EDUCATION bosses could consider radical proposals to change either Inverkip or Wemyss Bay Primary into a Catholic school to meet future demand for denominational places.

The council is set to review its admission policy and catchment areas in the west of Inverclyde following recent pressure on the roll at St Columba's High in Gourock.

In August Inverclyde Council won a court case against parents to block pupils from associated school St Ninian's Primary from attending the secondary on a placing request.

But in the next school year the capacity at St Columba's will again be under strain.

Education director Ruth Binks has devised alternatives to the current admission criteria and a possible review into future demand for Catholic education in the area.

In a report handed to councillors, Ms Binks said: "To date, St Columba’s High School has been able to accept all of the pupils who wish to attend from the catchment area.

"As part of advanced planning arrangements it has been known that in academic year 2020/21 the school will be under pressure from pupils living within the catchment area.

"It is difficult to predict the exact numbers who are expected to attend St Columba’s High School because the village schools of Inverkip and Wemyss Bay can choose schools which are either denominational or non-denominational in the catchment area."

The education department will now review the current automatic right of pupils at Inverkip and Wemyss Bay, along with their counterparts in Kilmacolm, to choose between non denominational and denominational education at the point of transfer to secondary school.

It will also consider two changes to the admission policy.

The first is for denominational schools to only accept pupils with a certificate of baptism into the Catholic faith to transfer from the village schools.

The second is to remove village schools as feeder schools for denominational secondaries.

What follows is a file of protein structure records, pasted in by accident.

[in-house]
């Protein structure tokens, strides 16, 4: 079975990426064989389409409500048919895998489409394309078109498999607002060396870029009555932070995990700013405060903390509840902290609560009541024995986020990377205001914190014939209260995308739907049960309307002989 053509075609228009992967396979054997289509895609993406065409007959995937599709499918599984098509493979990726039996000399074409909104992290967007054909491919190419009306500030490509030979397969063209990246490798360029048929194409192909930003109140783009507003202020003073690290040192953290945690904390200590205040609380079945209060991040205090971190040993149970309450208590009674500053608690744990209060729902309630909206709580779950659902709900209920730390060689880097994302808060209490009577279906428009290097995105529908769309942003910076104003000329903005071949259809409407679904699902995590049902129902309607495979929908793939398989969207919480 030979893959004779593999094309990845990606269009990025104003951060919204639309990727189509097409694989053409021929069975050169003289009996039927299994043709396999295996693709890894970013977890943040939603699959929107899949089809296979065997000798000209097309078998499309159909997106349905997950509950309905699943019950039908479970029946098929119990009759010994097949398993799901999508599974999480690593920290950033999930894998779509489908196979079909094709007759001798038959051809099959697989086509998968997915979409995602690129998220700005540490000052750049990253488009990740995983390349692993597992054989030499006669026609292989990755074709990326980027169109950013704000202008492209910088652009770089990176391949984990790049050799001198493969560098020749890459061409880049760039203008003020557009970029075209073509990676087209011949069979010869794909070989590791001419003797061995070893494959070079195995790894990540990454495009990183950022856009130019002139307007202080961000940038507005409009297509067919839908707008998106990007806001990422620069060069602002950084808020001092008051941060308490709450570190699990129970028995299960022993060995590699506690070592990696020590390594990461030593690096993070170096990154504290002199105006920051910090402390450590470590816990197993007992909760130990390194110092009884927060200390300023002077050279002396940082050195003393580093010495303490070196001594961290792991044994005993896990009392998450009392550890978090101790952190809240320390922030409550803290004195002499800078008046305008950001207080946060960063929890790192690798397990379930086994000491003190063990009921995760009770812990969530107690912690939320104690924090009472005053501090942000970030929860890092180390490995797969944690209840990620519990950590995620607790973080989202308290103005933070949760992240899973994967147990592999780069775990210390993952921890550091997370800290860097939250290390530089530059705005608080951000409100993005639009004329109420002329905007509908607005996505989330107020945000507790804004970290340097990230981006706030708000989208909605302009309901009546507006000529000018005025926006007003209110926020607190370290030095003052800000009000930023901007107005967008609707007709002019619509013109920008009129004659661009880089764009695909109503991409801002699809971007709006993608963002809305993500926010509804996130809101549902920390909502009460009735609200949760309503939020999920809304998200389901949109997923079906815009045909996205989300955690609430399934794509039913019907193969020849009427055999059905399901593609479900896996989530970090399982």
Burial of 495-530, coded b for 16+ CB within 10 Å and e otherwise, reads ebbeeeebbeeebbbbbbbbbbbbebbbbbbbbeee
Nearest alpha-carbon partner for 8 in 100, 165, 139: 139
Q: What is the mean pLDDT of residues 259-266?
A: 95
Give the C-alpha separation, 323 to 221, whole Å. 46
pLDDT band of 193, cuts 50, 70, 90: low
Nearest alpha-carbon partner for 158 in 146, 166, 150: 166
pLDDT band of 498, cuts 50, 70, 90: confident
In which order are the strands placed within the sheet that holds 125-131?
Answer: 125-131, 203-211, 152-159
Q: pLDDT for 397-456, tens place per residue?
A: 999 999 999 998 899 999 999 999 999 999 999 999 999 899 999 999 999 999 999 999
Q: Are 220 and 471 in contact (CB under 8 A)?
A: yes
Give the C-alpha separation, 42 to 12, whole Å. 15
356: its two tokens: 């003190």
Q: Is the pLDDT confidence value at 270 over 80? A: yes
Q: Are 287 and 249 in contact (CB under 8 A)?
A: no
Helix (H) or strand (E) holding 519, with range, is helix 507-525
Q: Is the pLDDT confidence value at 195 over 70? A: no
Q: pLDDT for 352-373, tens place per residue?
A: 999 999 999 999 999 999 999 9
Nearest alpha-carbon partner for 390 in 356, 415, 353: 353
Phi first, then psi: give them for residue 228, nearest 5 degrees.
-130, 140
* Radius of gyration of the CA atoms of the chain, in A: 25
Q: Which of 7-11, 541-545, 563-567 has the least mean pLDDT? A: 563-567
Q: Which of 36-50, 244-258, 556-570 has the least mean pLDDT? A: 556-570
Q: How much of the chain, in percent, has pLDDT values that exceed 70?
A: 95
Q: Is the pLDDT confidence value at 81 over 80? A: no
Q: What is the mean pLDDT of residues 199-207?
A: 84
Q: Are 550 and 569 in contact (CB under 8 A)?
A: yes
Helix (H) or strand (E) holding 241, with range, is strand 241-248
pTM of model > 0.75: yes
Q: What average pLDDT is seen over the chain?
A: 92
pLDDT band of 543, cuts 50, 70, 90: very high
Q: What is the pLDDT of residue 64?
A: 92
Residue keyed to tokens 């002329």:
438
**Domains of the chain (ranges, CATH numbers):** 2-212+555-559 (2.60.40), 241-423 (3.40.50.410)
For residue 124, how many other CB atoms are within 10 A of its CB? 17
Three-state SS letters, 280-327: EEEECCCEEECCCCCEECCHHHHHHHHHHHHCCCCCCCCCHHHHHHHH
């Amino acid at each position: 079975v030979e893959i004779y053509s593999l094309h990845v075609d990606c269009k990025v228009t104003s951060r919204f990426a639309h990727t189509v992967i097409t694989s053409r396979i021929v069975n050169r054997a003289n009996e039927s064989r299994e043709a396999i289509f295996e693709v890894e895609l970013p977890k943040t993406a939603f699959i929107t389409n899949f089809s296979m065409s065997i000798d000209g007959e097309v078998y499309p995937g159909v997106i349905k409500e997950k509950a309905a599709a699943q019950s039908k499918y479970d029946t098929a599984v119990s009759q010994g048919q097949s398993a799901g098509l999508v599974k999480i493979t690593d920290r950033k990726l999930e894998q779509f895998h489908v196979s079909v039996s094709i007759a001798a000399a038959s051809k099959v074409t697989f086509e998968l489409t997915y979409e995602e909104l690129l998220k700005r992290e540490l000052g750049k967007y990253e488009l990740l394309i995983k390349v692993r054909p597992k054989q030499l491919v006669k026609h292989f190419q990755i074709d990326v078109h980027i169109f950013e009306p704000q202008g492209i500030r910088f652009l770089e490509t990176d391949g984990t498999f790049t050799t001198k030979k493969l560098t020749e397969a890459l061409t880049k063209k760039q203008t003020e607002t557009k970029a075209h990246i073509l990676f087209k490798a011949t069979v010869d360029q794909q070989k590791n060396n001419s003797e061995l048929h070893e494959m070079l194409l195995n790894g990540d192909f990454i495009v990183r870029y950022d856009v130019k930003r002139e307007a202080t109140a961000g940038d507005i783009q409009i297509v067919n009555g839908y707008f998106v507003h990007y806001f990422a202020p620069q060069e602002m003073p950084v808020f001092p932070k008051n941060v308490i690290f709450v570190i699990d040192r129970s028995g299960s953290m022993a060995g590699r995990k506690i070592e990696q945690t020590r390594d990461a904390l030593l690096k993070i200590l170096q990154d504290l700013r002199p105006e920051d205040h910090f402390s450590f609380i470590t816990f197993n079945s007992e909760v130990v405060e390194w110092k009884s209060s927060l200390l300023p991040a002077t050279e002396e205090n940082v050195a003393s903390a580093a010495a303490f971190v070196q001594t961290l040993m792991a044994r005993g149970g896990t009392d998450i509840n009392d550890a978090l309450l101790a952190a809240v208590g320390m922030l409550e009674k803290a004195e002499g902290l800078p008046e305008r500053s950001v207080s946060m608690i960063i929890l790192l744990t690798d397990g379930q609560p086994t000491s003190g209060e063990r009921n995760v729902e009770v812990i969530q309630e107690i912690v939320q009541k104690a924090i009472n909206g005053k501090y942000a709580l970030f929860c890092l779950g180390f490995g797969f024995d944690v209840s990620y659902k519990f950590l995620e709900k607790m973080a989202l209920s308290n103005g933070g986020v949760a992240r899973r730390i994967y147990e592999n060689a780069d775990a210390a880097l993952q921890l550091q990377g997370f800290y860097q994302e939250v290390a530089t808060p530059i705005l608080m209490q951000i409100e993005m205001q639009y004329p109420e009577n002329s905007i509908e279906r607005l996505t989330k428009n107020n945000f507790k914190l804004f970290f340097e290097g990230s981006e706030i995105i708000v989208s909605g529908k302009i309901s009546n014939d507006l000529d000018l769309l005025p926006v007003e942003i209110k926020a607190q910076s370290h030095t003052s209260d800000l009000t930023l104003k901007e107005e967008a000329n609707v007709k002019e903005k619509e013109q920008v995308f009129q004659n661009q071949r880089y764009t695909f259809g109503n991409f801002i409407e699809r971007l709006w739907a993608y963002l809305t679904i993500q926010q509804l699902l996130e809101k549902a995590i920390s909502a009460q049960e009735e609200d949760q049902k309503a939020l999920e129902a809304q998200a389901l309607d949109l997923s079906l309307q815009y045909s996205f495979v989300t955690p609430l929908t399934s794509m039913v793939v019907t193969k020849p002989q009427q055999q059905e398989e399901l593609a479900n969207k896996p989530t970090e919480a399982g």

One of the concerns raised in the fallout from the St Columba's High placing request row was the plan to build more houses in Inverkip and the impact this would have on school rolls.

Director Ms Binks' report said: "If the planned houses are built then this may bring some pressure on the number of pupils attending St Columba’s High School.

"This pressure is compounded by the right given to those attending Wemyss Bay Primary and Inverkip Primary schools to choose a denominational or non-denominational school at the point of transfer to secondary school."

Officials will be asked to ascertain the demand for a Catholic primary school in the west of Inverclyde in addition to the existing one at St Ninian’s in Gourock.

Proposals to go out to consultation will include changing either Inverkip or Wemyss Bay into a Catholic school.

The council report says: "There are two proposals that could be taken forward.

"The first would be to consider a joint primary campus at Wemyss Bay.

"This would be a separate Catholic school with its own identity.

"The school would serve the needs of those requiring a Catholic education who live in Wemyss Bay and Inverkip."

The report continues: "Another possibility, if there is a significant pressure for Catholic education in the west of Inverclyde, would be to create Wemyss Bay or Inverkip Primary as the Roman

Catholic school for the west.

"This would mean that one school remains as the non-denominational school for the catchment area and the other would be the denominational school."

Members of the education and communities committee will now be asked to agree to launch a consultation exercise.

A report would then be brought back in the new year after this process, outlining the outcome of the consultation and the next steps.